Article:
serious emotional disturbance


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serious emotional disturbance

A paediatric condition characterised by one or more of the following features, occurring over a long period of time and to a degree that adversely affects a child’s educational performance:
(1) An inability to learn that cannot be explained by intellectual, sensory, or health factors;
(2) An inability to build or maintain satisfactory interpersonal relationships with peers or teachers;
(3) Inappropriate types of behaviour or feelings under normal circumstances;
(4) A general pervasive mood of unhappiness or depression;
(5) A tendency to develop physical symptoms or fears associated with personal or school problems.
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References in periodicals archive ?
Currently, the Council is seeking applications to fill vacancies for two parents, guardians, or primary caretakers of children with serious emotional disturbance, and one adult in recovery (to include adults with serious mental illness who are receiving, or have received, mental health services).
Research into practice: Reducing disruptive behaviors in students with serious emotional disturbance. School Psychology Review, 30(2), 294-304.
The fact that responsible clinicians would not determine and diagnose serious emotional disturbance based solely on any single instrument suggests, by itself, a glaring omission in the applied literature.
The "Final Report" of the New Freedom Commission on Mental Health, a federal panel created in 2002 to "promote successful community integration for adults with a serious mental illness and children with a serious emotional disturbance," calls for the "total transformation" of America's "mental health delivery system." If implemented, the commission's recommendations would ultimately lead to mandatory mental health screening of all of America's schoolchildren.
The survey questionnaire sought the following details: 1) Demographic information; 2) Professional opinions about serious emotional disturbance; 3) Personal working practice with seriously emotionally disturbed students & 4) Recommendations.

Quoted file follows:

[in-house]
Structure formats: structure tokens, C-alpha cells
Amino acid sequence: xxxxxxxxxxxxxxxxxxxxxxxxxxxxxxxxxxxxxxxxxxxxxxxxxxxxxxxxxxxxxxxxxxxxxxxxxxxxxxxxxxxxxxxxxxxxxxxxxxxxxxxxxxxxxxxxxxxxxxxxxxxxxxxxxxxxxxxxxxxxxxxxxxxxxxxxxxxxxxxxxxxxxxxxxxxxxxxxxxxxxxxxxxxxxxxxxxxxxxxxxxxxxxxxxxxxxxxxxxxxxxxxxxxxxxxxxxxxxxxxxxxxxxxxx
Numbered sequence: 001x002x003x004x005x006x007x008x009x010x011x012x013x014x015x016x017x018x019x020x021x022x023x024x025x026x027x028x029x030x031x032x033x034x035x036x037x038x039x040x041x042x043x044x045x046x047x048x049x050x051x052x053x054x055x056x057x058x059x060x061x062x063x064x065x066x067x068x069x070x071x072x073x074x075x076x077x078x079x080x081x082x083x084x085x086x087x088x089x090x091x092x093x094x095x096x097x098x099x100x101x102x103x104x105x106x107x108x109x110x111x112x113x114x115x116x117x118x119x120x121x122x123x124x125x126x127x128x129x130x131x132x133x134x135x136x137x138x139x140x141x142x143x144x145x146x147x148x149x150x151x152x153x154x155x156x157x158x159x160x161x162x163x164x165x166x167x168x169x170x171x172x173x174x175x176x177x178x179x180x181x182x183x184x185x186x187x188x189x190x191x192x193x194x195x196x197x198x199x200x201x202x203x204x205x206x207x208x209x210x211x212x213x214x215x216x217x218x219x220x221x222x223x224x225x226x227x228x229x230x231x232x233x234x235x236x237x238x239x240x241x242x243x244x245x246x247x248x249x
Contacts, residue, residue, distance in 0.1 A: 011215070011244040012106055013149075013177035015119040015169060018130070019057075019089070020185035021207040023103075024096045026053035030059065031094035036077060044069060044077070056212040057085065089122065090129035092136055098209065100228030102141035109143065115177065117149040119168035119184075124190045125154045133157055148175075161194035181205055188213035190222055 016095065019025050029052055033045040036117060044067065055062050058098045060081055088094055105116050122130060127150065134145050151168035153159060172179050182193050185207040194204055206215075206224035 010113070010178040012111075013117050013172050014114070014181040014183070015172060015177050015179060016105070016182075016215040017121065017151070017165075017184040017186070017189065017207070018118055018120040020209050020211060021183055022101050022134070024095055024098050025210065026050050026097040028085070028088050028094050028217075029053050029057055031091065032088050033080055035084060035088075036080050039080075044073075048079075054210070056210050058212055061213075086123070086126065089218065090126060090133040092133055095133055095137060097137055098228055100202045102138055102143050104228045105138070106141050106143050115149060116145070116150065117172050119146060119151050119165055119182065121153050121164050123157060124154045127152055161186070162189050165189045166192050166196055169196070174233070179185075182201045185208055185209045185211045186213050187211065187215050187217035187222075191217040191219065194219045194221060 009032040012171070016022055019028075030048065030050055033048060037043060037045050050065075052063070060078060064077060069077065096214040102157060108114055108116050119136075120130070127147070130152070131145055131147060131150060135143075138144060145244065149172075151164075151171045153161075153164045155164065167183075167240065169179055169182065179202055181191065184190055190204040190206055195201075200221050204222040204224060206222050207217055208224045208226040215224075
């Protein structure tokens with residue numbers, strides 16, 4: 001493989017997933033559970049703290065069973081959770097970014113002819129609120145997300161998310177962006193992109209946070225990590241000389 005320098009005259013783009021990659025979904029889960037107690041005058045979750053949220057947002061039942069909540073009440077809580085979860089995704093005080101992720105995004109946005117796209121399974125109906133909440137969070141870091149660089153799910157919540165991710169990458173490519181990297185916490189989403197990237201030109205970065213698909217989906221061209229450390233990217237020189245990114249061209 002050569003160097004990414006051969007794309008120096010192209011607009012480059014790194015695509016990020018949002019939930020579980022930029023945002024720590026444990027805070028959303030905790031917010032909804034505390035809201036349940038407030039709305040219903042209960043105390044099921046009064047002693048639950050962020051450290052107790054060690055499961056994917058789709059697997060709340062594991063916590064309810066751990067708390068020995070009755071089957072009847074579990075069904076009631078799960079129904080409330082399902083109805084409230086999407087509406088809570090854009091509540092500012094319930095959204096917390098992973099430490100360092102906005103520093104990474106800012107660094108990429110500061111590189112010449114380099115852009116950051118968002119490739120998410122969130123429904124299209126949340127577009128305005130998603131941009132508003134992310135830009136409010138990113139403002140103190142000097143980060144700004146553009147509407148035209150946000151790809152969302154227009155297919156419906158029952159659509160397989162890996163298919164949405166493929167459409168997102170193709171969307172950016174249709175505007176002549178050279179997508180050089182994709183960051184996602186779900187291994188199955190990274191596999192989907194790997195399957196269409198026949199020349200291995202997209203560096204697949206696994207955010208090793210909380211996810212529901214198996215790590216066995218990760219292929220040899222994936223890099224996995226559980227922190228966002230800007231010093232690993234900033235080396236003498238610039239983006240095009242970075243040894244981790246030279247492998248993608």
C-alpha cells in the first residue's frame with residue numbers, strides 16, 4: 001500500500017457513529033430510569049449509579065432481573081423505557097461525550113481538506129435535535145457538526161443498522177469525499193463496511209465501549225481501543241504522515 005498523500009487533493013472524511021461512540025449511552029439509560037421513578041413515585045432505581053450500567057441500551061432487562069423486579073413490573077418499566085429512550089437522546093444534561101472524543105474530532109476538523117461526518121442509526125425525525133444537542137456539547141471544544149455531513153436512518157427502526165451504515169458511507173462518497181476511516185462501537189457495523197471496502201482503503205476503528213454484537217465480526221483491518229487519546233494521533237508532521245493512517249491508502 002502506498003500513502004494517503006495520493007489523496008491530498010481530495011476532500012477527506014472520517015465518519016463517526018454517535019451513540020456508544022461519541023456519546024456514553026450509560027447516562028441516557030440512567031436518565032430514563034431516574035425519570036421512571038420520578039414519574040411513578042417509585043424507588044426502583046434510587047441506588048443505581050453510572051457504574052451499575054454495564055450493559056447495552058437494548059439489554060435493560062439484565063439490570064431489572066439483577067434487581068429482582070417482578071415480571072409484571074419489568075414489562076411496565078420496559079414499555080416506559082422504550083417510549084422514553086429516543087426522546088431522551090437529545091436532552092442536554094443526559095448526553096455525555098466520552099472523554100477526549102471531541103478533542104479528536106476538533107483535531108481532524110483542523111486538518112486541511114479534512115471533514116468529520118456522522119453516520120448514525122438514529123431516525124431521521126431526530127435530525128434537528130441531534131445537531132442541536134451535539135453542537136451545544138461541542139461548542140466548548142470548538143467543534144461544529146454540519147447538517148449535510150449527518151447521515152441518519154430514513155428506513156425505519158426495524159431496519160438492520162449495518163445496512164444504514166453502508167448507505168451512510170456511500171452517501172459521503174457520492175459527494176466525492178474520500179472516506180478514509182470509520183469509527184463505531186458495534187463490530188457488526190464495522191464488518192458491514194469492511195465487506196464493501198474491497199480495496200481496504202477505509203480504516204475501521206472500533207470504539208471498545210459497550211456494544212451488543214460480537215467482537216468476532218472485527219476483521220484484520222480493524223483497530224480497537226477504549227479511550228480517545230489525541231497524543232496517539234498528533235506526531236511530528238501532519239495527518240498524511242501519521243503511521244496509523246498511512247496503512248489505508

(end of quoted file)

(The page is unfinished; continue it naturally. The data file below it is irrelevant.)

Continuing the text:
Currently about one in five children has a diagnosable mental, emotional or behavioral disorder, and up to one in 10 might suffer from a serious emotional disturbance. However, 70% of children don't receive mental-health services, according to the Surgeon General's Report on Mental Health.
Significantly, over 90% of students with disabilities placed in general education classrooms have high incidence disabilities (i.e., speech or language, learning disabilities, serious emotional disturbance, mild cognitive disabilities) (U.S.
The most segregated settings of special education services outside regular education schools and special classes were chosen by more than half of the respondents for serious emotional disturbance (63.6%) and autism/pervasive developmental disorder (49.8%).
More than twelve hundred individuals submitted comments to the Commission on the following topics: access to mental health services; extent of coordination of mental health and support services; extent to which people with a serious mental illness or serious emotional disturbance live, work, learn, and participate fully in their communities; programs or practices that work well or improve your experience of care.
The study reported in this article examined the prevalence of eligibility for educational services for serious emotional disturbance (SED) among incarcerated youths, as well as how this designation relates to offender type.
Overwhelmingly, incarcerated offenders have a low level of educational attainment, lack vocational skills, exhibit higher than average rates of unemployment, have mild mental retardation or learning disabilities, have alcohol and drag dependence, and some form of serious emotional disturbance (Curry et at., 1993; McDaniel, 1992; Montgomery & Johnson, 1990).
*** Mental retardation, hearing impairments, speech or language impairments, visual impairments, serious emotional disturbance, orthopedic impairments, autism, traumatic brain injury, other health impairments, specific learning disabilities, deaf-blindness, or multiple disabilities.

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